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This Might Be the Most High-Tech Winery Ever

AFAR – the wayfarer 1.7.16 | BY larissa zimberoff | ORIGINAL ARTICLE

Despite its proximity to Silicon Valley, Napa Valley wineries are shockingly lacking in tech development. Not so for this one.

From the posts of: FoodandWine.com

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THIS VINEYARD USES SUBMARINE TECHNOLOGY TO FERMENT ITS WINE

Food and wine 1.15.16 | BY MIKE POMRANZ | PHOTO BY NICOLA MAJOCCHI | ORIGINAL ARTICLE

DESPITE THE IMPORTANCE of terroir and technique, at its core, winemaking is a relatively simple process. Take the juice of grapes and let it sit until it ferments. In its most basic form, alcohol production can involve doing nothing at all (I know all the people who spend their lives making spontaneously fermented beverages will probably quibble with the notion that they don’t do anything, which is not the point—I’m just saying you can get booze by letting nature do a lot of the heavy lifting). But if you want to make good wine, that’s when more advanced methods come into play, and though some winemakers stand by traditional methods, others constantly look for the latest technology to make each vintage perfect.

Wired Magazine Features Palmaz Wine Technology

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Napa’s Fermenting Your Wine With Submarine Technology

WIRED MAGAZINE 9.16.16 | BY LARISSA ZIMBEROFF | PHOTO BY CHRISTIE HEMM KLOK | ORIGINAL ARTICLE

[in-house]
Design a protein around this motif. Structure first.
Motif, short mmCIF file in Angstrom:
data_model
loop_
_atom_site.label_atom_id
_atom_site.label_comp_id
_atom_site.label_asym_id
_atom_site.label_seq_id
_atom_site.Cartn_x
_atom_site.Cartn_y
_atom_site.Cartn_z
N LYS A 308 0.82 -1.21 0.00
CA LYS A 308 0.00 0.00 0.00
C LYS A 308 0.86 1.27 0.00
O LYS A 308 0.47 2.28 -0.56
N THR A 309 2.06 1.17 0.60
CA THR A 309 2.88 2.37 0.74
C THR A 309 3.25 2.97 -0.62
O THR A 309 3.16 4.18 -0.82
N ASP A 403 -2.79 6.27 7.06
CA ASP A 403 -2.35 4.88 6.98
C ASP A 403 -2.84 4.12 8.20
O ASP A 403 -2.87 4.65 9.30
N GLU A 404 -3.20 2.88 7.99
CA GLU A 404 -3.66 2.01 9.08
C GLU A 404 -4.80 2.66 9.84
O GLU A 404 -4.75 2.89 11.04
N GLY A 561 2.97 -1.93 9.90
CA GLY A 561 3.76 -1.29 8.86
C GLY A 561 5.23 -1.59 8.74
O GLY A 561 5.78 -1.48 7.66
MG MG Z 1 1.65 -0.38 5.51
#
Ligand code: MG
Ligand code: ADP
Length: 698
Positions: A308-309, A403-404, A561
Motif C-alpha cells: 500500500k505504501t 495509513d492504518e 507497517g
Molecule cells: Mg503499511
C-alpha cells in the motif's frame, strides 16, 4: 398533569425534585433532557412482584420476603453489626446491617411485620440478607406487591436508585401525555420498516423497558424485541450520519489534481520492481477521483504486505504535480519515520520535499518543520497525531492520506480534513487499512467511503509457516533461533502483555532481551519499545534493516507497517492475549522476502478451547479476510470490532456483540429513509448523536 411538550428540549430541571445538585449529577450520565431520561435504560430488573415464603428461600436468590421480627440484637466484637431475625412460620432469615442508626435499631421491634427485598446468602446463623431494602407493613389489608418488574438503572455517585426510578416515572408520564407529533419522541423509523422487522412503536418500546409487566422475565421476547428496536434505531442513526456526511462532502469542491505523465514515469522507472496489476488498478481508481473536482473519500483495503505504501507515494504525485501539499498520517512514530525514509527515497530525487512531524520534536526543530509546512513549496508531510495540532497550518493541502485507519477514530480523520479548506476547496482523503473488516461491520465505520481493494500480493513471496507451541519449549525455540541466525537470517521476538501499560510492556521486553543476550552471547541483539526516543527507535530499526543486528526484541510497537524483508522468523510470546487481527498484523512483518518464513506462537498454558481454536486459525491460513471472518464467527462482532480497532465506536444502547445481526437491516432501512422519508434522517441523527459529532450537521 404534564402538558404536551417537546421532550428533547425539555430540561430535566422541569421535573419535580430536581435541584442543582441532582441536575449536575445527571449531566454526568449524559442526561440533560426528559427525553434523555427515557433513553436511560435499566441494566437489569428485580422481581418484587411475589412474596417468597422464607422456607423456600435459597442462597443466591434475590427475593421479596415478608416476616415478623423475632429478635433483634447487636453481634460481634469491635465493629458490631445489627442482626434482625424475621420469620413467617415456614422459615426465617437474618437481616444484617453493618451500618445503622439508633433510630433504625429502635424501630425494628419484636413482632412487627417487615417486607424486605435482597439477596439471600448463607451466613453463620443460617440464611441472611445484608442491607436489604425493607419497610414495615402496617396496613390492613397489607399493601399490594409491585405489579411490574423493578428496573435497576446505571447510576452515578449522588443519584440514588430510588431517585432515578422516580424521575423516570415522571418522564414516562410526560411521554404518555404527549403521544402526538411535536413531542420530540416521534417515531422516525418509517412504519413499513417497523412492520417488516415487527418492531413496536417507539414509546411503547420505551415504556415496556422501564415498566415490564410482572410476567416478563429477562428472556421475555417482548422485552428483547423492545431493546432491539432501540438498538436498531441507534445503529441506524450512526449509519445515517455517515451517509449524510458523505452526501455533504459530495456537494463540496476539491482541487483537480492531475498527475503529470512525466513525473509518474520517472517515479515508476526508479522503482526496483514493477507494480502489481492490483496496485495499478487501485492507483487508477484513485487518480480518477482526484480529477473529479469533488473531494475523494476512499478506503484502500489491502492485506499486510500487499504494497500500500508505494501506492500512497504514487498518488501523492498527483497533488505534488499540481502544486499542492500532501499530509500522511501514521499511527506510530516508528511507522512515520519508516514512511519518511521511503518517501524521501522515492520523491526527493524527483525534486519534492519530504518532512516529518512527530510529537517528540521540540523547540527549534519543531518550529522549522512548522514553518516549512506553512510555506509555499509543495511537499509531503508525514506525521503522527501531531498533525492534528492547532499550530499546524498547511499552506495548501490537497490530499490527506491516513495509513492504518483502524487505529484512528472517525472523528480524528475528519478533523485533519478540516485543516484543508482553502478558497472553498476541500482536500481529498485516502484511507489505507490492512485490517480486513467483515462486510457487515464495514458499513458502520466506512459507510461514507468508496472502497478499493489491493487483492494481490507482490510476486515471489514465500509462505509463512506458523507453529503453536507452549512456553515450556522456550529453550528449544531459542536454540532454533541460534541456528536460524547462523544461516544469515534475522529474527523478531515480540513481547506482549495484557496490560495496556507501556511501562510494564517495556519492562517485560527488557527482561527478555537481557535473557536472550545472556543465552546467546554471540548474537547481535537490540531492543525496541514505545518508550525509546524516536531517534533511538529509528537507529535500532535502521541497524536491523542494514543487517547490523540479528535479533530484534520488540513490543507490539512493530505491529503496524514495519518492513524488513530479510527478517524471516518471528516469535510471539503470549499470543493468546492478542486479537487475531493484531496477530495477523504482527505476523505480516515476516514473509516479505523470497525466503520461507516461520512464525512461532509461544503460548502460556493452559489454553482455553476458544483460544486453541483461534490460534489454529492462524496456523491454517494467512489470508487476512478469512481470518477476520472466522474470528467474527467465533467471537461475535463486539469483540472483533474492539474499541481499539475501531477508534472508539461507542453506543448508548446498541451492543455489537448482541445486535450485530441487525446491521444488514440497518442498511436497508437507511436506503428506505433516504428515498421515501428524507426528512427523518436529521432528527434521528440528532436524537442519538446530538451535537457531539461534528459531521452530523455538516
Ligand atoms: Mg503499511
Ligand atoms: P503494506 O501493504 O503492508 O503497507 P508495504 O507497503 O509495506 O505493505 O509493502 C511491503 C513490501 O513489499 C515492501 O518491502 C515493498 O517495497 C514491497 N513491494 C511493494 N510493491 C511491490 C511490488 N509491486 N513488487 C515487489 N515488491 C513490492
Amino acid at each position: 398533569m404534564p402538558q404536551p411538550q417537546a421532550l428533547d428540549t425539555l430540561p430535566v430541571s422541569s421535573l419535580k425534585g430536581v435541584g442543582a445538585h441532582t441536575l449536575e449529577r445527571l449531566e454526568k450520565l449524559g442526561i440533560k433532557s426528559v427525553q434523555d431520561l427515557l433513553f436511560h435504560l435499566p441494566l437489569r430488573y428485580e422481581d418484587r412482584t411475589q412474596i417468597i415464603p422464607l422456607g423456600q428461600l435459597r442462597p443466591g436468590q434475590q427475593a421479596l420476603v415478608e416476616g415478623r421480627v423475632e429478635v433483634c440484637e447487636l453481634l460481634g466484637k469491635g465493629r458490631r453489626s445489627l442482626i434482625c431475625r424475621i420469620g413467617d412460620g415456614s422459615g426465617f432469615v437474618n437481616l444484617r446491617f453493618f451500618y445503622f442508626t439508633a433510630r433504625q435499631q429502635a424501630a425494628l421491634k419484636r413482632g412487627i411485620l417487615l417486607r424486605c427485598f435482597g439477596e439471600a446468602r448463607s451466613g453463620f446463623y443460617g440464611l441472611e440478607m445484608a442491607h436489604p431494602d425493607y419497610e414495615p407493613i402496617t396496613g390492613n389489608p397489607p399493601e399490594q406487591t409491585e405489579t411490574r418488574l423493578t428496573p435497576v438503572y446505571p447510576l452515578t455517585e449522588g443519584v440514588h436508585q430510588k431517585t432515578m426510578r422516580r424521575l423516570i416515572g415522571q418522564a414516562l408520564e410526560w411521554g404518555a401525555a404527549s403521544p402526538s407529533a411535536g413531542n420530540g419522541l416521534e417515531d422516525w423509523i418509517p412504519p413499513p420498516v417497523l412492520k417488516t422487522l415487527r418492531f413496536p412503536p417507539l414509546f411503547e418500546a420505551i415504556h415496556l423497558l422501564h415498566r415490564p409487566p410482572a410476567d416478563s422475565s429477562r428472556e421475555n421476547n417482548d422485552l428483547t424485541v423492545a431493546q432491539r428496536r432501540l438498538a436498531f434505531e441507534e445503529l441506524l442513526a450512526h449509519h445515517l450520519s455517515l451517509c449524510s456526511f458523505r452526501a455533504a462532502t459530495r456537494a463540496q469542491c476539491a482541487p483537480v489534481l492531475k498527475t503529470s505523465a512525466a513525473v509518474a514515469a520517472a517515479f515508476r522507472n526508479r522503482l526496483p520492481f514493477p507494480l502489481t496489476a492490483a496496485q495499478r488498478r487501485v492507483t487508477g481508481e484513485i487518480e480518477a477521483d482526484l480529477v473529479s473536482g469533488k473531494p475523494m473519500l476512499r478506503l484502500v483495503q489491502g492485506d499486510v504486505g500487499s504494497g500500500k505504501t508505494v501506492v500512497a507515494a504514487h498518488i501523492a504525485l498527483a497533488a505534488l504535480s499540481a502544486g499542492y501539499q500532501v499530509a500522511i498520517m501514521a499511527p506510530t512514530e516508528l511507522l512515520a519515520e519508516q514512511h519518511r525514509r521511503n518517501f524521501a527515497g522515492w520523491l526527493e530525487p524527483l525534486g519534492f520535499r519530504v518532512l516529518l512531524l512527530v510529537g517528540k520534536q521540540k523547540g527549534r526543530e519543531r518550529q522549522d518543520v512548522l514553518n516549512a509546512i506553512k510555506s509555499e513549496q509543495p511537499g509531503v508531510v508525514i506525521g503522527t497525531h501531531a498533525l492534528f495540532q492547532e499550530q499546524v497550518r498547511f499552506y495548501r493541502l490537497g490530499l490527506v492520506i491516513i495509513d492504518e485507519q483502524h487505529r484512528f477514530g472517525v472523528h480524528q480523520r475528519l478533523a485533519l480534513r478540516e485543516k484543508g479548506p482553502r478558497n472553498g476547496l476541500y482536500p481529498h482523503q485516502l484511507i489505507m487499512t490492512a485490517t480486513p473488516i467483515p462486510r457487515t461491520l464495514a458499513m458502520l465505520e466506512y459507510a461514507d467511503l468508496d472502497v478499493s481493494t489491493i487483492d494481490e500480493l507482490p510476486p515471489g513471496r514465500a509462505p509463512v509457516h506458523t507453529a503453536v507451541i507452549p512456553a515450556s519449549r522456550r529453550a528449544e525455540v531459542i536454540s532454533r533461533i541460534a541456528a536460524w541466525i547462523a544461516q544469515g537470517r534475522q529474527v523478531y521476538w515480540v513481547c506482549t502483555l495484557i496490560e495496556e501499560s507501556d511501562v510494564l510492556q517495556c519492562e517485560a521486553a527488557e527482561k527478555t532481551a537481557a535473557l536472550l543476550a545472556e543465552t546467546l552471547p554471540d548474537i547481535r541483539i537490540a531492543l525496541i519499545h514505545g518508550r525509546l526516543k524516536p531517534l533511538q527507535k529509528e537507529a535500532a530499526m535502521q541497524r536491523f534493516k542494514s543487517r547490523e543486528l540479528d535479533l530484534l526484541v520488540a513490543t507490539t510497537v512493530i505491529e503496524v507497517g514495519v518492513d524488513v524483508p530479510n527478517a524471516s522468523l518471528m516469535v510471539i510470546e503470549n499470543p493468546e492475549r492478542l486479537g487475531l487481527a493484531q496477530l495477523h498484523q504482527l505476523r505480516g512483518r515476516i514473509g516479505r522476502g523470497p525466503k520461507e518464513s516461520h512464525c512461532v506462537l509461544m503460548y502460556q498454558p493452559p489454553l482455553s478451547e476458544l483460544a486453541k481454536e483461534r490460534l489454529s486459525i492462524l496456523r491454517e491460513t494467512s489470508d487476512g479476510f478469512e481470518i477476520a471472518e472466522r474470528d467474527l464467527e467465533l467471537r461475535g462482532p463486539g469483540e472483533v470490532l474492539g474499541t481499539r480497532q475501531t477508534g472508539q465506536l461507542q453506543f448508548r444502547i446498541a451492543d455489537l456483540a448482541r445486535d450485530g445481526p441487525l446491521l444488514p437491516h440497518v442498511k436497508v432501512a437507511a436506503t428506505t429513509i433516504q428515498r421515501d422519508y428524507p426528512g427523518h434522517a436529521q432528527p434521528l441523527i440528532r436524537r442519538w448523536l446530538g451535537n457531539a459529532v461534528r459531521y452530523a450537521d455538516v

IN A TRADITIONAL wine fermentation tank, if the yeasts start acting weird, it might be days before anyone smells or tastes the damage. But at Palmaz Vineyards in Napa, California, staff can detect risk factors before they develop into wine-spoiling problems. That’s thanks to the Fermentation Intelligence Logic Control System, a Minority Report–style setup that tracks the vino at a molecular level, giving the winemaker the information needed to adjust temperatures in different parts of the tank with incredible precision (control over heat = control over yeast). The system is based on a submarine-­industry technology called sono-­densitometry: A tuning-fork-like probe inside each tank measures vibrations 10 times per second, yielding millions of data points about the density of the liquid. That tells you the sugar and alcohol levels, and thus the rate at which fermentation is occurring. Then software slurps up this cloud of data to show, say, temperature variations. That’s projected on the dome of Palmaz’s fermentation cave—a curved display of charts and graphs showing an ancient process in far-out detail. A geotagging system means that the tanks even “know” exactly which person is standing in front of which tank, so the projections a particular winemaker is working on follow them around. It’s like Big Brother for big cabs.

Wine Business Monthly Talks Cap Management

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WINE BUSINESS MONTHLY featured Palmaz Vineyards this month in a fascinating article regarding the complex art of cap management during fermentation.  Christian Palmaz explains how the winery’s unique thermographic system allows winemakers to understand temperature distribution inside of a fermenter.  This research has led to new understandings as to why and when certain aromas and favors extract into wine.  The full article can be seen by clicking here.

Palmaz Vineyards is Coming to Town

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USA TODAY has made a list and checked it twice — and regardless of whether you’ve been naughty or nice, Palmaz Vineyards 2012 Cabernet Sauvignon is the must-have stocking stuffer for the oenophile in your life.